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Reputation management for professional services firms in the social age

For the most part, professional services firms are quite sceptical about social media. You’ll often see marketing and PR departments keen to engage but often stymied by reluctance at senior level where stakeholders are often unsure as to what the connection is between their business’s bottom-line and people posting pictures of cats on the web.

I joke, but there’s a serious point to be made here – whilst your managing partner, or board, may not immediately understand the role which social media can play in delivering real business benefits, communicators can’t afford not to know.  Social media can, at the very least, provide crucial insights into market behaviour, coming trends and client sentiment which can be leveraged by businesses of all types to great effect – any organisations which believe that it ‘doesn’t apply’ to them  in 2014 should probably reconsider.

It is of course important to remember that not all social media activity is right for everyone – not all companies need to be on Facebook or to Tweet, for example – but it’s equally important to emphasise that it’s a rare business which can afford to ignore it altogether. Here is our list of top five tips to professional services firms looking to get involved:

  1. Analyse.

Before working out what you want to do on social media, and where, organisations should undertake an analysis of their sector’s current profile online – who is saying what, where, about the issues your business cares about? Make sure you undertake a digital audit, so you can understand what is already out there and analyse your landscape. For example what are people saying about you already, who are the bloggers that matter (if indeed there are any), what are your competitors doing?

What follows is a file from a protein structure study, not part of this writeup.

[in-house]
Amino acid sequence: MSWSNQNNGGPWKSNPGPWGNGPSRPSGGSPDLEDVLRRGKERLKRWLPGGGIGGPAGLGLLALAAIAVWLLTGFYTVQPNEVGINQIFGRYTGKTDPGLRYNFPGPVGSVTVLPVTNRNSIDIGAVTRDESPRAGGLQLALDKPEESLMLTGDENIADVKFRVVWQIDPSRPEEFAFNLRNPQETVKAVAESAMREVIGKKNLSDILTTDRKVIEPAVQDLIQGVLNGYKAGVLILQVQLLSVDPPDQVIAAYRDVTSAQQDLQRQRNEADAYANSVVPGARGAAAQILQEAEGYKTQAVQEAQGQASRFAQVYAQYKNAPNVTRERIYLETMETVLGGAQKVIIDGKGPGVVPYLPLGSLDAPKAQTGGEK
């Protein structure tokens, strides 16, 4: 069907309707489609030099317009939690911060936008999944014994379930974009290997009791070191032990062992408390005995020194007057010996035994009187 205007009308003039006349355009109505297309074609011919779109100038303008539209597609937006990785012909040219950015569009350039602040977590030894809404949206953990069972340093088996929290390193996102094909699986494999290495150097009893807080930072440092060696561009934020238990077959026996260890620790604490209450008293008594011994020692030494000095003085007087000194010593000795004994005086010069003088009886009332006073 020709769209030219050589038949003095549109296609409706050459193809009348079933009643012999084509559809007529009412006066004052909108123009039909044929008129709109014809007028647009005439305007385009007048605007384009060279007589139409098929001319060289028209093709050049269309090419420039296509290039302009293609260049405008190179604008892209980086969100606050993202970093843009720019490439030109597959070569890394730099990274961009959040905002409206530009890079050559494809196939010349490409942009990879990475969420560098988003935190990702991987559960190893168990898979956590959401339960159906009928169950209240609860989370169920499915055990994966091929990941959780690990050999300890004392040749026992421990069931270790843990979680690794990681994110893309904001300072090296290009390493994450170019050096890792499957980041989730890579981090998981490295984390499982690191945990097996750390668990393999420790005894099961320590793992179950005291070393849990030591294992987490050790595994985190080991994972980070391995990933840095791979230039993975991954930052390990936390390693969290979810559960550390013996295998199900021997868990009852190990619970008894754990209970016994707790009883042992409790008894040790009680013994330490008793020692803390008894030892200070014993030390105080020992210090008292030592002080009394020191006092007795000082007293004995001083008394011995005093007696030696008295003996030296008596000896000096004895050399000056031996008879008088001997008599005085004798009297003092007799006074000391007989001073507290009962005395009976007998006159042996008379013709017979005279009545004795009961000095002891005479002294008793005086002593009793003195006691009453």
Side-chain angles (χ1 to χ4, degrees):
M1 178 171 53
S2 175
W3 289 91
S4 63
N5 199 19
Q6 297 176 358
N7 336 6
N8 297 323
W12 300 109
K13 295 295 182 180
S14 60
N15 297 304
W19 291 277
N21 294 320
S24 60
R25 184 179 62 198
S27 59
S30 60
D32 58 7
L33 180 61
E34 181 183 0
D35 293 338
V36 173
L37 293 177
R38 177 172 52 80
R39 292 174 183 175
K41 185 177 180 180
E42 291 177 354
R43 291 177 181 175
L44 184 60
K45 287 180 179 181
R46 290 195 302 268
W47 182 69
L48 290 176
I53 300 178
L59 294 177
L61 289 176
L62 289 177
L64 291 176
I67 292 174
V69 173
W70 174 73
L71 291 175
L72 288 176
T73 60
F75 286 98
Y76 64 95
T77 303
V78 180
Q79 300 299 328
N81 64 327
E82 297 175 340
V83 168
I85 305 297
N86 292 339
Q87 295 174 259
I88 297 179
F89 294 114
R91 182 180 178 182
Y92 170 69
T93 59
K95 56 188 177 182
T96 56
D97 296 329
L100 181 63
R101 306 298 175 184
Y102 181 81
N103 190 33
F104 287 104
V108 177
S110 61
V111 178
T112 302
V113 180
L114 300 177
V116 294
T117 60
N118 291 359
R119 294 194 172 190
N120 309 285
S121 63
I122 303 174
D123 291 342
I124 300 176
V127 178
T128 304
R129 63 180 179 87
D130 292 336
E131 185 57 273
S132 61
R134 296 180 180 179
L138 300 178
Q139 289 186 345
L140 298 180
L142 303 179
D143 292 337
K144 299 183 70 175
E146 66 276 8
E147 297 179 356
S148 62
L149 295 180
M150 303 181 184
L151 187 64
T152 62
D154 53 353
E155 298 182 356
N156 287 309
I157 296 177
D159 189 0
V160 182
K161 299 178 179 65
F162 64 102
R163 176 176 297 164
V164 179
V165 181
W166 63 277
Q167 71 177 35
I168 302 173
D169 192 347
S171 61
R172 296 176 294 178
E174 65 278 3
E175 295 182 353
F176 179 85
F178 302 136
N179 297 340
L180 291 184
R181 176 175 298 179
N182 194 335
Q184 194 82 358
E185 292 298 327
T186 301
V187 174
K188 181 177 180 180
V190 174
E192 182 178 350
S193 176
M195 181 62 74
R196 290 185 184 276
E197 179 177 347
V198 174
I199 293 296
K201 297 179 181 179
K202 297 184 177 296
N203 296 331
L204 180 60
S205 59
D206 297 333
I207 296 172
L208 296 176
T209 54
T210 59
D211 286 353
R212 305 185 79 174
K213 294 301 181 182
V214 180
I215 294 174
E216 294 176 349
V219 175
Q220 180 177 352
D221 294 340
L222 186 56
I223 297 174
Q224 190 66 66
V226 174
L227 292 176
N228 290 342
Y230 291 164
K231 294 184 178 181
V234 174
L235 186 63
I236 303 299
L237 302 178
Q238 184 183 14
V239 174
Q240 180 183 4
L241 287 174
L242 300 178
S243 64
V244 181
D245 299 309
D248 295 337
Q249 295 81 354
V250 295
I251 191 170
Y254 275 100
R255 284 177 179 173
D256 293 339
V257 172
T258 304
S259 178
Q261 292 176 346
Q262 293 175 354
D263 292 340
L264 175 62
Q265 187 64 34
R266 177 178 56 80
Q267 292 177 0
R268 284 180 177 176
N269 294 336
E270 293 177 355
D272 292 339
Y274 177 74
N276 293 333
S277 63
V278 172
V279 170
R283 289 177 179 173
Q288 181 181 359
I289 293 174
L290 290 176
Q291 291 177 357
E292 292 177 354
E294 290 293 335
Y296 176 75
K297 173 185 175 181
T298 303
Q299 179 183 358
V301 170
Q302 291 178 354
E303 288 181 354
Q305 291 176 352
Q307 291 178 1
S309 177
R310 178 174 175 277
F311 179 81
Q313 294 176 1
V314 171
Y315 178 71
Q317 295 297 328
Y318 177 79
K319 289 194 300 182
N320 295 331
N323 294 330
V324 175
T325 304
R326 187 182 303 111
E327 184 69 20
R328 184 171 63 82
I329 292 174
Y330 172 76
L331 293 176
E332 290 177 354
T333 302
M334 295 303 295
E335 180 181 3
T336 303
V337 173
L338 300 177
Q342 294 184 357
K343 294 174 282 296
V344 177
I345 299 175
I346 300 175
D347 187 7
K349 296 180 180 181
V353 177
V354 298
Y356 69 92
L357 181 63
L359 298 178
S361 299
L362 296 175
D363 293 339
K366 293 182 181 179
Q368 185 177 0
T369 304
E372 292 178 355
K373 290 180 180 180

Really get to understand the environment before you engage so that you can make sure your efforts are focussed and not wasted just doing something for the sake of it, as not every channel will be relevant to your firm – or for the messages you are seeking to communicate or the audiences you’re seeking to reach.  Thorough research will allow you to work out where you need to be, what’s worth saying – and whether there’s any point in proceeding to engagement.

      2.  Monitor and listen.

If you still aren’t sure if you are ready to engage the least a firm should be doing is monitoring the online world and listening. The social space provides some great insight just from listening and looking. You might find some great campaign, or seminar ideas, by looking to see what a certain sector is concerned about on LinkedIn. What are your competitors doing – does a report / or event they are doing clash with something you are doing? Are there any key influencers online in the sector you should make contact with? What are the media saying about your sector on Twitter? What industry trends are people discussing on forums?

It might alert you to a potential problem -are there any comments online about the firm that you need to address from clients, employees or previous employees, or is there a potential crisis looming on the horizon? The important point is not just to listen but to use this intelligence to inform your communications – and potentially business – strategy. Monitoring, though, is crucial for all businesses – not utilising it in 2014 is as wrong as ignoring your press clippings in the mid-90s.